The U.N. nuclear agency's annual conference starts Monday in Vienna, with a showdown looming over bids by Syria and Iran to gain more influence, and Islamic anger about Israel's nuclear program.
The International Atomic Energy Agency's week-long conference brings together 145 member countries to draw up general policies on a range of issues, from non-proliferation to medical applications of nuclear technology.
This year, Islamic countries are expected to push strongly for action to put Israel's nuclear program under international influence. Israel is widely believed to be the only country in the Middle East to possess nuclear arms, but it refuses to open its nuclear program to international inspectors.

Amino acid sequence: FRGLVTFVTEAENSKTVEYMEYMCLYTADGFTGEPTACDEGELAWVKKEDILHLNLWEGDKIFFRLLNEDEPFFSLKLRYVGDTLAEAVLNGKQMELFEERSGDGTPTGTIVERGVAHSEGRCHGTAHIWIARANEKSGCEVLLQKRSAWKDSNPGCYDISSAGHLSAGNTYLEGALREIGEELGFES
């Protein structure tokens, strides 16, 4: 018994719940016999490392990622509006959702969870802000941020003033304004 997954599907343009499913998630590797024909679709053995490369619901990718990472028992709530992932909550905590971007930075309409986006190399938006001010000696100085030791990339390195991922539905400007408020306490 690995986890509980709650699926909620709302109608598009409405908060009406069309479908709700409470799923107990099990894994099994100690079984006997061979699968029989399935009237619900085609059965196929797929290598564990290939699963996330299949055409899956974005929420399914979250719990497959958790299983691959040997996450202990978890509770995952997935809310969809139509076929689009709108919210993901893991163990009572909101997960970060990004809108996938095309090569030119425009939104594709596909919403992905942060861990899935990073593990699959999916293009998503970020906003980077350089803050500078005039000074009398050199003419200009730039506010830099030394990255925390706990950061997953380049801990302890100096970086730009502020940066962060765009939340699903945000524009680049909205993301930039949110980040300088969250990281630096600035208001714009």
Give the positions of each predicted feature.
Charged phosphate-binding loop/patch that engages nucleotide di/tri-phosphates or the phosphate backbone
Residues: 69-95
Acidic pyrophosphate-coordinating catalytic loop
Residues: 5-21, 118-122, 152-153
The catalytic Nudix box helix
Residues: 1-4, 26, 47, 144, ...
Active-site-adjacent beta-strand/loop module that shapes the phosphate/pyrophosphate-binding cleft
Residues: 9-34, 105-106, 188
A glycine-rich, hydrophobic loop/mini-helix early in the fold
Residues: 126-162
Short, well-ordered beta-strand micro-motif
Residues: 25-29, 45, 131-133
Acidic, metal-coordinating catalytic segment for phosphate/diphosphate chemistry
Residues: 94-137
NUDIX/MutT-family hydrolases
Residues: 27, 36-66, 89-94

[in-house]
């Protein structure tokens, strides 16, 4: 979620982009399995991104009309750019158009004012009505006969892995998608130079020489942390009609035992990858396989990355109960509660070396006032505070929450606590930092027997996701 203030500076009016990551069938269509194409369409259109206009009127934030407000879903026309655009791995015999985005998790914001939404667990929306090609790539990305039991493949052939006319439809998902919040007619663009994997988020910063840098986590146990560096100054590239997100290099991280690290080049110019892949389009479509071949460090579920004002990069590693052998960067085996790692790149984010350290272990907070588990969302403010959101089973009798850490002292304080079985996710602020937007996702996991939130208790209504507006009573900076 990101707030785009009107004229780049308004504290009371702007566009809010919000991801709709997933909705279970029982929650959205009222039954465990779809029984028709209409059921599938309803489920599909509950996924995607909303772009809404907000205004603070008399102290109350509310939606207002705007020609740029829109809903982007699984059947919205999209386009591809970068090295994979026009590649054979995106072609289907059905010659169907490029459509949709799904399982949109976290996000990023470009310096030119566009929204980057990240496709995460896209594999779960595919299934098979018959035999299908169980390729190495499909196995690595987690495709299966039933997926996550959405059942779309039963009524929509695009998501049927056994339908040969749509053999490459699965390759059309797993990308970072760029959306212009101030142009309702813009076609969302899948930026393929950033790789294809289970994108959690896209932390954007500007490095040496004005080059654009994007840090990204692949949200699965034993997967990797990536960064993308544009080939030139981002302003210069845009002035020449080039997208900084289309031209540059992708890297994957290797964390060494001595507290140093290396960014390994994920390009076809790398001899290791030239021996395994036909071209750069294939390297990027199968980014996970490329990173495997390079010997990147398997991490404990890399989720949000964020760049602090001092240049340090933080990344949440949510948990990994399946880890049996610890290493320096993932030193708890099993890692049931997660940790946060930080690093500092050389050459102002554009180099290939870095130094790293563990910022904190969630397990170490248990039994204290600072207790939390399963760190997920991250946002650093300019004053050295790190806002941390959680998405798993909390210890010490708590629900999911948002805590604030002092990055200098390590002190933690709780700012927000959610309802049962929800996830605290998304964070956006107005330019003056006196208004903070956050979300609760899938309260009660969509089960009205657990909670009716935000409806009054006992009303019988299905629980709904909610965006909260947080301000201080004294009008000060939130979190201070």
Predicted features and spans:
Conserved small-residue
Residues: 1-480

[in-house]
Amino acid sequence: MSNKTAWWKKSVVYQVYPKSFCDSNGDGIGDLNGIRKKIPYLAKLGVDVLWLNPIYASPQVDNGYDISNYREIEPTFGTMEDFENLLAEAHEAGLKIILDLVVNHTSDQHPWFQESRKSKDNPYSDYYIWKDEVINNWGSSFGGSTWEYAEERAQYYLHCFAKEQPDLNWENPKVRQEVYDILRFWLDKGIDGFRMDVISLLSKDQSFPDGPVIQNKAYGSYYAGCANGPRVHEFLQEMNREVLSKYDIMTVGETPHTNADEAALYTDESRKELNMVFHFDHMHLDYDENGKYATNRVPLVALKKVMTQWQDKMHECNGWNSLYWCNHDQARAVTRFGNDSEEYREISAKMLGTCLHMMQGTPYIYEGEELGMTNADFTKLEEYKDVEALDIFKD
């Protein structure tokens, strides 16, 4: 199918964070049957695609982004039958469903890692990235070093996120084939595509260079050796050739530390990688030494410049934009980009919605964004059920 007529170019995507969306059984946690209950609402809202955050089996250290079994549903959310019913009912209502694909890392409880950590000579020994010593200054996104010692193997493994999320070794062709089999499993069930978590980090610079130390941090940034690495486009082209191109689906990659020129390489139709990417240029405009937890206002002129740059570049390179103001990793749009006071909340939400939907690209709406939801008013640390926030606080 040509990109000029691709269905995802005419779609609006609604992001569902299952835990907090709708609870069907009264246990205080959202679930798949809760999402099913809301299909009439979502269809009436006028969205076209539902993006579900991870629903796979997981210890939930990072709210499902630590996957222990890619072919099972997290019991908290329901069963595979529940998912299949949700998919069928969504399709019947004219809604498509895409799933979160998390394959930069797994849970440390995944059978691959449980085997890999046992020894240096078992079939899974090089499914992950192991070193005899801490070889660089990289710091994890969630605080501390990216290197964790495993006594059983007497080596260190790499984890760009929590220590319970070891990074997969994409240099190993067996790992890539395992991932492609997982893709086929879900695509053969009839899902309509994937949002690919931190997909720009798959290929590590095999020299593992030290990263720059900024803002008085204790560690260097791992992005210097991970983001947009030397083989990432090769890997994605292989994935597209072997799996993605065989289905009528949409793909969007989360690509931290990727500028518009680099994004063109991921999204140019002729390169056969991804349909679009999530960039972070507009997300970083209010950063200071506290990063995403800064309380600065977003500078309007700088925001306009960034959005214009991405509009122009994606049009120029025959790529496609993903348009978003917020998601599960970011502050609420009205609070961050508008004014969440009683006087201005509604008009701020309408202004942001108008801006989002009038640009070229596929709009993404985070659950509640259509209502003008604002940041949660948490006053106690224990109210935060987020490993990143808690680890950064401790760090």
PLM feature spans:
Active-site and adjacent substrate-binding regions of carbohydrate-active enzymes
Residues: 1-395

Another key issue is likely to be the consideration of Iran and Syria for a possible seat on the IAEA board, against the objection of Western states.
Iran has blocked a U.N. investigation into its nuclear program, while denying it is pursuing nuclear weapons.
Tehran today repeated its refusal to stop enriching uranium, as demanded by U.N. resolutions.
The IAEA sent inspectors to Syria earlier this year to investigate a site bombed by Israel a year ago. Israel said the remote desert site was an undisclosed nuclear facility.
Syria has denied building a reactor or hiding any nuclear activity.
Some information for this report was provided by AFP, AP and Reuters.